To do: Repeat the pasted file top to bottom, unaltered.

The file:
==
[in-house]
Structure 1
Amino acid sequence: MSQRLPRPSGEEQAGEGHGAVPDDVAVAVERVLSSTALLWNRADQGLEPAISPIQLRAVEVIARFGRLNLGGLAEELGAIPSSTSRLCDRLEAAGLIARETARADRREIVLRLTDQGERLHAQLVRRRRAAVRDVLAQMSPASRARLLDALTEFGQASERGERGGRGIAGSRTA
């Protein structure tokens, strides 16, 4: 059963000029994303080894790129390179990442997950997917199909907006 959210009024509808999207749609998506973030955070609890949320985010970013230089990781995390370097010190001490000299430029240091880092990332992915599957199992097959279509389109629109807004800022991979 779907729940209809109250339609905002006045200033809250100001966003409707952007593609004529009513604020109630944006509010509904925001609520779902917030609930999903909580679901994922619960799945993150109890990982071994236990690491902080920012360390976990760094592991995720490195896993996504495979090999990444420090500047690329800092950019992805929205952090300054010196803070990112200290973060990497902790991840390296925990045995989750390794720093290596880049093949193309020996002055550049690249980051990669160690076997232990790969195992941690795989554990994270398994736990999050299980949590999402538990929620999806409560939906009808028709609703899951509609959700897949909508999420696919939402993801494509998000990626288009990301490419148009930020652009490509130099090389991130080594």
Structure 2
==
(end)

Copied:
[in-house]
Structure 1
Amino acid sequence: MSQRLPRPSGEEQAGEGHGAVPDDVAVAVERVLSSTALLWNRADQGLEPAISPIQLRAVEVIARFGRLNLGGLAEELGAIPSSTSRLCDRLEAAGLIARETARADRREIVLRLTDQGERLHAQLVRRRRAAVRDVLAQMSPASRARLLDALTEFGQASERGERGGRGIAGSRTA
């Protein structure tokens, strides 16, 4: 059963000029994303080894790129390179990442997950997917199909907006 959210009024509808999207749609998506973030955070609890949320985010970013230089990781995390370097010190001490000299430029240091880092990332992915599957199992097959279509389109629109807004800022991979 779907729940209809109250339609905002006045200033809250100001966003409707952007593609004529009513604020109630944006509010509904925001609520779902917030609930999903909580679901994922619960799945993150109890990982071994236990690491902080920012360390976990760094592991995720490195896993996504495979090999990444420090500047690329800092950019992805929205952090300054010196803070990112200290973060990497902790991840390296925990045995989750390794720093290596880049093949193309020996002055550049690249980051990669160690076997232990790969195992941690795989554990994270398994736990999050299980949590999402538990929620999806409560939906009808028709609703899951509609959700897949909508999420696919939402993801494509998000990626288009990301490419148009930020652009490509130099090389991130080594």
Structure 2